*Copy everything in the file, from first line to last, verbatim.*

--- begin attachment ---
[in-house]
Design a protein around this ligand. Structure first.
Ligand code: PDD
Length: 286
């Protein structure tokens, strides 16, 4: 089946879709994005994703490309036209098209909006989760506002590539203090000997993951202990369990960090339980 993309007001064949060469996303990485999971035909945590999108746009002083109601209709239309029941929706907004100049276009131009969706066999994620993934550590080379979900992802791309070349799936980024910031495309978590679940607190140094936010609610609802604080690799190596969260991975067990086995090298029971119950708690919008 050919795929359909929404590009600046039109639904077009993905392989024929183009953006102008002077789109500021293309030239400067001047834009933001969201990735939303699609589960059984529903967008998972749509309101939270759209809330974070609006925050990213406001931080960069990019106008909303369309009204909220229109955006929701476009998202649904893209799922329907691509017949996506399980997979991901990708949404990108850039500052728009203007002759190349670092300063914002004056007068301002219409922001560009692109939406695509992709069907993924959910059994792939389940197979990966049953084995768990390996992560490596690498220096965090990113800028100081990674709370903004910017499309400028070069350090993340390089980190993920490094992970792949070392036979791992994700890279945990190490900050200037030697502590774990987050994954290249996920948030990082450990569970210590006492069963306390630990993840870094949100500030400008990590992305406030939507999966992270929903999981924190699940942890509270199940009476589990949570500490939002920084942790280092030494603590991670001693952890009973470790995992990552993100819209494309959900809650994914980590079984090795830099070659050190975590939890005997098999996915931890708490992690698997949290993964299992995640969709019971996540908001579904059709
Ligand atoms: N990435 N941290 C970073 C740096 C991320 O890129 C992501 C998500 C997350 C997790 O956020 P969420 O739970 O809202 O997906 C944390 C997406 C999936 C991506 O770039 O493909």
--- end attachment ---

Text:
[in-house]
Design a protein around this ligand. Structure first.
Ligand code: PDD
Length: 286
């Protein structure tokens, strides 16, 4: 089946879709994005994703490309036209098209909006989760506002590539203090000997993951202990369990960090339980 993309007001064949060469996303990485999971035909945590999108746009002083109601209709239309029941929706907004100049276009131009969706066999994620993934550590080379979900992802791309070349799936980024910031495309978590679940607190140094936010609610609802604080690799190596969260991975067990086995090298029971119950708690919008 050919795929359909929404590009600046039109639904077009993905392989024929183009953006102008002077789109500021293309030239400067001047834009933001969201990735939303699609589960059984529903967008998972749509309101939270759209809330974070609006925050990213406001931080960069990019106008909303369309009204909220229109955006929701476009998202649904893209799922329907691509017949996506399980997979991901990708949404990108850039500052728009203007002759190349670092300063914002004056007068301002219409922001560009692109939406695509992709069907993924959910059994792939389940197979990966049953084995768990390996992560490596690498220096965090990113800028100081990674709370903004910017499309400028070069350090993340390089980190993920490094992970792949070392036979791992994700890279945990190490900050200037030697502590774990987050994954290249996920948030990082450990569970210590006492069963306390630990993840870094949100500030400008990590992305406030939507999966992270929903999981924190699940942890509270199940009476589990949570500490939002920084942790280092030494603590991670001693952890009973470790995992990552993100819209494309959900809650994914980590079984090795830099070659050190975590939890005997098999996915931890708490992690698997949290993964299992995640969709019971996540908001579904059709
Ligand atoms: N990435 N941290 C970073 C740096 C991320 O890129 C992501 C998500 C997350 C997790 O956020 P969420 O739970 O809202 O997906 C944390 C997406 C999936 C991506 O770039 O493909």